Location:
VOTING; VOTING, ABSENTEE;

OLR Research Report


STATES WITH EARLY VOTING OR NO-EXCUSE ABSENTEE VOTING

By: Terrance Adams, Associate Analyst

ISSUE

Which states have (1) early voting or (2) no-excuse absentee voting?

SUMMARY

According to the National Conference of State Legislatures (NCSL), currently 33 states have early voting, and 27 have no-excuse absentee voting. In addition, Massachusetts will implement early voting in 2016. Three other states, Colorado, Oregon, and Washington, conduct all elections by mail. Twenty states require an excuse to vote absentee ballot by mail. (Washington D.C. has both early and no-excuse absentee voting.)

Generally, early voting is when a voter appears in person to cast his or her ballot before Election Day. It typically occurs at a local election administrator's office or other locations designated by local officials. No-excuse absentee voting is when a voter applies for and receives a ballot to submit by mail without providing a reason for being absent from his or her polling place on Election Day. The states that vote by mail provide all voters with ballots to submit by mail.

The 33 early voting states include 13 states with what is known as “in-person absentee voting,” which is when a voter applies for, receives, and casts an absentee ballot in person (rather than by mail) without providing a reason. Generally, the difference between these states and the 20 other early voting states is that in-person absentee ballots are subject to counting procedures applicable to absentee ballots. Conversely, in the other early voting states, the ballots are treated as regular ballots. However, because in-person absentee voting involves casting ballots in person before Election Day, it is considered to be a form of early voting.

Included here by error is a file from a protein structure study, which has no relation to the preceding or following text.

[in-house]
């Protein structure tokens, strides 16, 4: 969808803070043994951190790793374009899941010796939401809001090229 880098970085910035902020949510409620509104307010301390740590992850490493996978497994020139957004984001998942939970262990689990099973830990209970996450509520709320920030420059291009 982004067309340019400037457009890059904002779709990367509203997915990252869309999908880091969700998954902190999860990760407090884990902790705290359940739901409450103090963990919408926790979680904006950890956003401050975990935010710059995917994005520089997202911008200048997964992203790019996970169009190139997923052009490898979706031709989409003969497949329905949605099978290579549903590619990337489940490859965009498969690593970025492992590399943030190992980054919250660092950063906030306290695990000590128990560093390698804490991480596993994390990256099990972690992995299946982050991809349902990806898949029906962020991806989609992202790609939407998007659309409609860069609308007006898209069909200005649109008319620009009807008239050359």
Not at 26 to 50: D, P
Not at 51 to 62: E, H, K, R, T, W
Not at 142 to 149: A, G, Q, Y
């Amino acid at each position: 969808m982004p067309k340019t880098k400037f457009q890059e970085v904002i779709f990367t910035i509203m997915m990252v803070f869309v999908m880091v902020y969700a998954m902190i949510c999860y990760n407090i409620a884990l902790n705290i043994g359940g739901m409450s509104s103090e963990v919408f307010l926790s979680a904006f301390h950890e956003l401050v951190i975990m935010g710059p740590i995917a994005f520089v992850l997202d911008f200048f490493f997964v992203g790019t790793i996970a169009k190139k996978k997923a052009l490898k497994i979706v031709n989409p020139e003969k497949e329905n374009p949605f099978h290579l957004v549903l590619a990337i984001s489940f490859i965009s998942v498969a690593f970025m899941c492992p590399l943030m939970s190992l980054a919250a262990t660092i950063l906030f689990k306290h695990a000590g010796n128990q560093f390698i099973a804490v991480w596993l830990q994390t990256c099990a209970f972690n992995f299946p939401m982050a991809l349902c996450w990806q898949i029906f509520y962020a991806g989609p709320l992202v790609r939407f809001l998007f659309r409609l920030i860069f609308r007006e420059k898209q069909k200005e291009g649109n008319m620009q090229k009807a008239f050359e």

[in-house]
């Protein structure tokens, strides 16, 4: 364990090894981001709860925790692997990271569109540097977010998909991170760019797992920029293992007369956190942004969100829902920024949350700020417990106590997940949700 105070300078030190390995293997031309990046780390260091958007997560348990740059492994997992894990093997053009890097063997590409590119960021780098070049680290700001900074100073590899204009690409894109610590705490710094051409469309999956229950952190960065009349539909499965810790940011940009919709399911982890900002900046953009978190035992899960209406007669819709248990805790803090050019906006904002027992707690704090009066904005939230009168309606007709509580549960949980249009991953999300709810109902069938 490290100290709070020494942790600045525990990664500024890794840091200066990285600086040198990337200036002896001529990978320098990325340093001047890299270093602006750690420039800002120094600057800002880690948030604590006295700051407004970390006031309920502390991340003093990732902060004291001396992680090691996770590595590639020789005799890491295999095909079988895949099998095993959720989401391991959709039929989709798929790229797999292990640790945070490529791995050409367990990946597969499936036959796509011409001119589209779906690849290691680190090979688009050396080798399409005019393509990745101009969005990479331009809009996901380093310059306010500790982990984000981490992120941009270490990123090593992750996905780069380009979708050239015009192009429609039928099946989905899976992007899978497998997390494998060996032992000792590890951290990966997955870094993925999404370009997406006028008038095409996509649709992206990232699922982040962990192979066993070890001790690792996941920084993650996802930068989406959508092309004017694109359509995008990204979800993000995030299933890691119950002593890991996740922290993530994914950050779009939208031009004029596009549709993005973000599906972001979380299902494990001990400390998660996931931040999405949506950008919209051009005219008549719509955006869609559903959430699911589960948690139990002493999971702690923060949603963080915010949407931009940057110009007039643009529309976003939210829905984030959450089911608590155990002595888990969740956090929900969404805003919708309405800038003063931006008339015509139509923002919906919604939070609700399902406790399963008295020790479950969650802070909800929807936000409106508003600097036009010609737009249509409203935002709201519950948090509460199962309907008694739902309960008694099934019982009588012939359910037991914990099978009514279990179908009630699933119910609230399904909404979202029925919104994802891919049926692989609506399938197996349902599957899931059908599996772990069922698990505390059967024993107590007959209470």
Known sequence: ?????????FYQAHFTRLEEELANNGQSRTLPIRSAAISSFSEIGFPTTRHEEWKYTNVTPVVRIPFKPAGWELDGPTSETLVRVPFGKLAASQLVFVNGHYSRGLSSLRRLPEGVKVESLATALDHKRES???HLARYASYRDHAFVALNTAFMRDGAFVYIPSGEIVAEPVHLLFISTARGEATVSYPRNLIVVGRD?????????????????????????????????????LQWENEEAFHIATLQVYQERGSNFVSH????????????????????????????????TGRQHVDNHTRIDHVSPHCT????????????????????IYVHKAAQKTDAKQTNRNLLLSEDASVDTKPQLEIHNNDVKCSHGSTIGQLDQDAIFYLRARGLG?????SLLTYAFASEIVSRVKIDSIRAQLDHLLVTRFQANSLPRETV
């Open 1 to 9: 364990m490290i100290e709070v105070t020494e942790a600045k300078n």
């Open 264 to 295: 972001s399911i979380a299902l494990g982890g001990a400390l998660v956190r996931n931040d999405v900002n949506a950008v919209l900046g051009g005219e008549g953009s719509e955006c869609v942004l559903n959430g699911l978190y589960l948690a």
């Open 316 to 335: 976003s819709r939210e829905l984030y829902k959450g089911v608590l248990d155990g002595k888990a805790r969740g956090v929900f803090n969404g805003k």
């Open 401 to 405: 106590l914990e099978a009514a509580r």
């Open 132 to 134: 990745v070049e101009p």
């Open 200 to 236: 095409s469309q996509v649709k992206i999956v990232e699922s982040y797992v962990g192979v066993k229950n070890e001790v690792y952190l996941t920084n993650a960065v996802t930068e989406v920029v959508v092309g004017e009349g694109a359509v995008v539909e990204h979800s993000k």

Table 1 lists all 50 states and indicates whether they have early voting, no-excuse absentee voting, or all-mail voting, or require an excuse for absentee voting.

Table 1: 50 State Comparison of Pre-Election Day Voting Methods

State

Early Voting

(In Person)

No-Excuse

Absentee Voting

(By Mail)

All-Mail Voting

Absentee Voting:

Excuse Required

(By Mail)

Alabama

     

X

Alaska

X

X

   

Arizona

X

X

   

Arkansas

X

   

X

California

X

X

   

Colorado

   

X

 

Connecticut

     

X

Delaware

     

X

Florida

X

X

   

Georgia

X

X

   

Hawaii

X

X

   

Idaho

Xa

X

   

Illinois

X

X

   

Indiana

Xa,b

   

X

Iowa

Xa

X

   

Kansas

X

X

   

Kentucky

     

X

Louisiana

X

   

X

Maine

Xa

X

   

Maryland

X

X

   

Massachusetts

(will be implemented in 2016)

   

X

Michigan

     

X

Minnesota

Xa

X

   

Mississippi

     

X

Missouri

     

X

Montana

Xa

X

   

Nebraska

X

X

   

Nevada

X

X

   

New Hampshire

     

X

New Jersey

Xa

X

   

New Mexico

X

X

   

New York

     

X

North Carolina

X

X

   

North Dakota

X

X

   

Ohio

Xa

X

   

Oklahoma

Xa

X

   

Oregon

   

X

 

Pennsylvania

     

X

Rhode Island

     

X

South Carolina

     

X

South Dakota

Xa

X

   

Tennessee

X

   

X

Texas

X

   

X

Utah

X

X

   

Vermont

Xa

X

   

Virginia

     

X

Washington

   

X

 

West Virginia

X

   

X

Wisconsin

Xa

X

   

Wyoming

Xa

X

   

TOTAL

33c

27

3d

20

Source: NCSL: http://www.ncsl.org/research/elections-and-campaigns/absentee-and-early-voting.aspx (last visited October 16, 2014)

a These states have in-person absentee voting.

b Indiana allows all registered voters to vote by absentee ballot in-person at the county election board beginning 28 days before the election, but permits only those voters with a specified reason (e.g., illness, absence from county) to vote absentee by mail.

c Massachusetts is not included in this total: the state passed early voting in 2014, and it will go into effect in 2016.

d In several other states besides the three identified in the table, certain jurisdictions (e.g., counties) hold elections entirely by mail.

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